It’s also useful having a guide when you’re exploring the village, making introductions to Chinchero weavers easier, and giving some insider insight into the history of the Chinchero ruins.
So, by all means go it alone. Navigation is easy and the rewards are great. Yet if you want to delve a little deeper into what you’re seeing, then hiring a guide is well worth the extra soles!
When to go
The trail is at its best between May and September, before the snows of winter set in. After heavy rains the path can get muddy, which would be no fun at all considering how steep it is! Even when we visited during September there had been a couple of minor landslides, although the path was still perfectly accessible at that point.
It was fairly overcast during our hike, which made for perfect walking conditions, but during the height of summer just be aware that there’s very little shade after you leave the forests at the start of the trail.
You’ll have an adventure whatever time of year you visit Chinchero. Perú is beautiful in sun, rain, and snow, just make sure you go prepared for the weather conditions you’re likely to face.
Where to stay in the Sacred Valley
If you want to visit Urubamba, spend longer in the Sacred Valley, or fancy doing a Chinchero tour and want to hike almost directly from your hotel, there are several excellent places to stay near Urquillos.
We opted for the Inkaterra Hacienda Urubamba, having enjoyed stays at most of the other Inkaterra properties including La Casona in Cusco, Reserva Amazonia in Tambopata (where we slept in a treehouse!), and their super stylish Machu Picchu Pueblo Hotel. The Hacienda Urubamba is a modern and super sumptuous farmhouse-style hotel in the heart of the Sacred Valley, with incredible views in all directions.
Surrounded by towering peaks and green fields, it’s the sort of place where your camera will be working in overdrive. The bedrooms are independent, luxurious casitas dotted around the grounds and the main building with its floor-to-ceiling picture windows is where you’ll enjoy meals. It was actually one of our favourite places to stay in Peru, and anyone who loves luxury and nature will do well staying a few nights here.
Other options include the well-regarded Explora Lodge, which blends minimalist, Scandi-style design with the natural environment, and the opulent Sol y Luna by Relais and Chateaux just up the valley in Urubamba. There’s also Tambo del Inka which is more contemporary in style and has an excellent spa.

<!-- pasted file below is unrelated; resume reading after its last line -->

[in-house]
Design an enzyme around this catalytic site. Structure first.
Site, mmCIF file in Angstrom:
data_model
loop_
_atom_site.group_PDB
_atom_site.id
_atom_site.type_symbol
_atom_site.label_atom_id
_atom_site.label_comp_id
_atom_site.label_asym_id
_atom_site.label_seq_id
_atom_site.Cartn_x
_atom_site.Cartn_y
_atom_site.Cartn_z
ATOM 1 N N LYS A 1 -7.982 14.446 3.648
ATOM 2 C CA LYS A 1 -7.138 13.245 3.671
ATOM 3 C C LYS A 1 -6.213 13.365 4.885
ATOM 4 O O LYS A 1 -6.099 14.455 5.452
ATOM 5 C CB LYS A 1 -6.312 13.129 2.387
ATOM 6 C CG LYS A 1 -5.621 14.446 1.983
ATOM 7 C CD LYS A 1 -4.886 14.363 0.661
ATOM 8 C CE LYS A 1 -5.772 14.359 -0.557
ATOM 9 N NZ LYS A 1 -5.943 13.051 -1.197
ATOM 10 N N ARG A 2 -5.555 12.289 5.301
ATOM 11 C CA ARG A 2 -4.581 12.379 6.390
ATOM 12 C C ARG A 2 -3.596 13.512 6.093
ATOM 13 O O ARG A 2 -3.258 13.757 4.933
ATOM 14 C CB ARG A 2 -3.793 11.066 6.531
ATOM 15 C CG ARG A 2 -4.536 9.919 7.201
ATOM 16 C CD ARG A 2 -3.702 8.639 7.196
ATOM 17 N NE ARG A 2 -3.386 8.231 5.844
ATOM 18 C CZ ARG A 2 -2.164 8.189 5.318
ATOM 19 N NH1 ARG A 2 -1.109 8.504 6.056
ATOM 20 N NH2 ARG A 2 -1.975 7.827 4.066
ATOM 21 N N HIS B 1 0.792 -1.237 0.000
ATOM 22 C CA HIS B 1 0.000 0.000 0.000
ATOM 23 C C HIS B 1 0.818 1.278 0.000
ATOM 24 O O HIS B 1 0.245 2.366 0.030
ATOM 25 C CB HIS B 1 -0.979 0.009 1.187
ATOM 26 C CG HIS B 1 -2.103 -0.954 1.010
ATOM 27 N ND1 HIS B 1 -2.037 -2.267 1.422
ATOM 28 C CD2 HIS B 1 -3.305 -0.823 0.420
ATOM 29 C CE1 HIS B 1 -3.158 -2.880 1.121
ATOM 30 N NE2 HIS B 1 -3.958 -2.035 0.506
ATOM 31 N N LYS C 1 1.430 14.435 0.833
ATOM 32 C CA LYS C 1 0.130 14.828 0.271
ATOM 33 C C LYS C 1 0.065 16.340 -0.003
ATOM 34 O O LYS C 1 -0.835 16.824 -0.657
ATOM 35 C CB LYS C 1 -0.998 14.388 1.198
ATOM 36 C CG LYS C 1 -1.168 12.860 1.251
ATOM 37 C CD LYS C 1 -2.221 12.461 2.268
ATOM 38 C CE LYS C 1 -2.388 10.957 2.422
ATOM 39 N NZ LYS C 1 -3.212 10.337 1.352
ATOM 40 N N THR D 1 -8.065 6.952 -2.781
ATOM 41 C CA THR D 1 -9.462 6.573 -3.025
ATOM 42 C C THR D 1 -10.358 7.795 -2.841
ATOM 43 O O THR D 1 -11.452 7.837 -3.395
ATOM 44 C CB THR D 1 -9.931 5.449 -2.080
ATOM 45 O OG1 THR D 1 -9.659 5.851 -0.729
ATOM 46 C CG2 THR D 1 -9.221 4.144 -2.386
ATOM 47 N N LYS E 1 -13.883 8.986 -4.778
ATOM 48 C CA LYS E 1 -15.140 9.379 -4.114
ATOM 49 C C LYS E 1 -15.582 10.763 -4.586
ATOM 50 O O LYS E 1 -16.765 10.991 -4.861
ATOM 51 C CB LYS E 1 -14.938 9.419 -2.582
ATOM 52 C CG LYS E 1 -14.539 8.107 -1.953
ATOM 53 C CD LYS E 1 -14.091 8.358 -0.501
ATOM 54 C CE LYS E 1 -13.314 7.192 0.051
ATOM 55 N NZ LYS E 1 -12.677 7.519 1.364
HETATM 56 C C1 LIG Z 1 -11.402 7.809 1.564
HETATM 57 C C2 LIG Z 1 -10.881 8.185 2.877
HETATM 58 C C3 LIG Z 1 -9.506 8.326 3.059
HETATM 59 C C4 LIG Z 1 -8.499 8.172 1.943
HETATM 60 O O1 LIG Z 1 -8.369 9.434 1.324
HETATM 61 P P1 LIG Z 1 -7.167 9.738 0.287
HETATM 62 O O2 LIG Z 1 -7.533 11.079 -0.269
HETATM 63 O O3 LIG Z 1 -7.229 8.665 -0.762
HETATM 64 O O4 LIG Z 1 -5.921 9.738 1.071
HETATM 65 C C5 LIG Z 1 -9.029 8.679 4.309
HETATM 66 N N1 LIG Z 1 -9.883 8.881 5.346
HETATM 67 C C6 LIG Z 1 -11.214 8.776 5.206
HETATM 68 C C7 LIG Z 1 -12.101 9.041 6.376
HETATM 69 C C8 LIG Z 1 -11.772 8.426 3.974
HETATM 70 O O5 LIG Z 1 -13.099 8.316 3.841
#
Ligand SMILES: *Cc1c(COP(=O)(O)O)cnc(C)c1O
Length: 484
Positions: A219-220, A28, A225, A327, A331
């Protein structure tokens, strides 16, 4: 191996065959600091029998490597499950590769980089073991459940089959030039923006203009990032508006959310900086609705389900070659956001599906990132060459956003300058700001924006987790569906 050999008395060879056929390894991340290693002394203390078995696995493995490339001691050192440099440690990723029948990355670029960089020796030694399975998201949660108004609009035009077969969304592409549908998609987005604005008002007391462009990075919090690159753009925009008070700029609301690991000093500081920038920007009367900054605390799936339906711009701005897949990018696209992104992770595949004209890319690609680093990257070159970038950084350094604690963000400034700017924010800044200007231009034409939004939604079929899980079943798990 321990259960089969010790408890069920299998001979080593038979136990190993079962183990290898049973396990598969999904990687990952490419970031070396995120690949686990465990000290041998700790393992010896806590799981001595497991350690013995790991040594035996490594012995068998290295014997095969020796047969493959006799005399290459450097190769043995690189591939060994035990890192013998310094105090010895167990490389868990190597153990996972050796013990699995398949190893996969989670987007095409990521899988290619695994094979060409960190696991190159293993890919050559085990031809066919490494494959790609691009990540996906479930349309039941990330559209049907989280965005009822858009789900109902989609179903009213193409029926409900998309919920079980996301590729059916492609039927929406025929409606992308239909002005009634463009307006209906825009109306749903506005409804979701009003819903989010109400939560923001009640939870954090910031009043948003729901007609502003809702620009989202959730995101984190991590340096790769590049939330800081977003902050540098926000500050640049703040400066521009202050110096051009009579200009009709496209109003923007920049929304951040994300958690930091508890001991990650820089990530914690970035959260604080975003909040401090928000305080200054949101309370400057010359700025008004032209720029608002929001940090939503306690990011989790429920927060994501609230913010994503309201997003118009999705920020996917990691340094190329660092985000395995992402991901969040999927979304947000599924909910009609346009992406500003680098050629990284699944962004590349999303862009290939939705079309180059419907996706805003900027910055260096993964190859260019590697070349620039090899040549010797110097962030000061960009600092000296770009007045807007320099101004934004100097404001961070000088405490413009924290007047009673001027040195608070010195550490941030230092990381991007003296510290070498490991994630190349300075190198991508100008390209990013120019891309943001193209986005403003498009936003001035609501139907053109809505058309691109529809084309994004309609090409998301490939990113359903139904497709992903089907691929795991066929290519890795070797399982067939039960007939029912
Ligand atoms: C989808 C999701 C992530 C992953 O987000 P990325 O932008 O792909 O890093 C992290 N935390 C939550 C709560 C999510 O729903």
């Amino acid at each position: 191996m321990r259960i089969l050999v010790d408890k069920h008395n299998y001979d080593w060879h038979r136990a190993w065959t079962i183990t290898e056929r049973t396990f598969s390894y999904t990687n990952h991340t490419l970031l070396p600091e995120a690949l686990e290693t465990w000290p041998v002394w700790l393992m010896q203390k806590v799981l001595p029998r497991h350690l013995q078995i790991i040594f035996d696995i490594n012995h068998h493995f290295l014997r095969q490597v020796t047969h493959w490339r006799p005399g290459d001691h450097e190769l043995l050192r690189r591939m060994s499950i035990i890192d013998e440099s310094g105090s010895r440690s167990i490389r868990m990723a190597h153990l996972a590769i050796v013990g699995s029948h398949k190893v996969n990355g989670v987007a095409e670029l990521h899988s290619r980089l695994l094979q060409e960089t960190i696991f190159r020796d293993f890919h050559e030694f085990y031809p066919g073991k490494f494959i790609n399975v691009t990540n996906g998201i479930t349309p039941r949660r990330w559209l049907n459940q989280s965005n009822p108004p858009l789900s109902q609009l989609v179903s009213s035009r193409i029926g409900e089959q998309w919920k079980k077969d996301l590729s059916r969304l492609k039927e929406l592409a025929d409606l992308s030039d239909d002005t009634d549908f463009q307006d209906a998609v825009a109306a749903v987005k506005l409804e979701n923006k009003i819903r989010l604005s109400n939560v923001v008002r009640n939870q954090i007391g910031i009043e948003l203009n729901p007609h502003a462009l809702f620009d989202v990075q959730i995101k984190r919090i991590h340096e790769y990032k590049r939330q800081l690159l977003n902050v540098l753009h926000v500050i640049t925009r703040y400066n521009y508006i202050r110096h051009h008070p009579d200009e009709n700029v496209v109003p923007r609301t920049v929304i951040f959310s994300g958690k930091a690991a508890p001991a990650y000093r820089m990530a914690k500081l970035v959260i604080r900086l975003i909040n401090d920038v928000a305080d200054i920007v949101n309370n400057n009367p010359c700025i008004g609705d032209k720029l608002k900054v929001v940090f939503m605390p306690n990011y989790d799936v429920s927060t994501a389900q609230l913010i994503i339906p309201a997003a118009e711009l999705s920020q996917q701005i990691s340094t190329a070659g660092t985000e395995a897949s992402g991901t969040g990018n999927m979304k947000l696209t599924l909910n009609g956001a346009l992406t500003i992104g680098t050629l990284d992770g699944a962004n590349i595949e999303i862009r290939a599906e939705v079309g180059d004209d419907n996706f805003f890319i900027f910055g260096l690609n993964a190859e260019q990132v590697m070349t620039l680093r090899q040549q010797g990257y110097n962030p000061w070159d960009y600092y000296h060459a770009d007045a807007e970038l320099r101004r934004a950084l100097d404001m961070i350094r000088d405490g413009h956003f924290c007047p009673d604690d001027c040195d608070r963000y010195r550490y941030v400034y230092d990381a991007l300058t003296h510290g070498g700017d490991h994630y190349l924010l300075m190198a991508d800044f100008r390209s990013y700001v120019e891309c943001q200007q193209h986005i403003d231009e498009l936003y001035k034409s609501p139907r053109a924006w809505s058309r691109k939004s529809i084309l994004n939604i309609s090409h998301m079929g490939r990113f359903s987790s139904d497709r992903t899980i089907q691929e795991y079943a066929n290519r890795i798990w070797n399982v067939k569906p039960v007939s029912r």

With modern conveniences in an 18th-century setting, the Hotel La Casona de Yucay is a great choice. The views are outstanding and the grounds are lush. Head over to Casa Andina for chalet-style accommodation and great Andean panoramas. They have a spa and a planetarium for extra bonus points. The Tierra Viva Valle Sagrado Hotel has been designed to remind you of the architecture in Cusco, and rooms have private terraces or balconies so you can soak up those views.
Top tips for hiking the Chinchero to Urquillos trail
- Sturdy hiking boots are a must on this steep, downhill mountain trail.
- If you have problems with your knees, this might not be for you. I do, and could hardly walk by the time I reached the bottom. The views were worth the pain though! Pack a walking pole if it helps.
- Take plenty of water. There’s little shade on the trail once you emerge from the upper section.
- Sunscreen is a must on hot days.
- If you’re hiking independently, make sure you have downloaded a map as there’s no mobile phone reception in the valley.
- Allow yourself a couple of days to acclimatise in Cusco before attempting this trail due to the high altitude.
- If you want to purchase any Chinchero textiles at the market, remember you’ll have to carry them with you on the trail!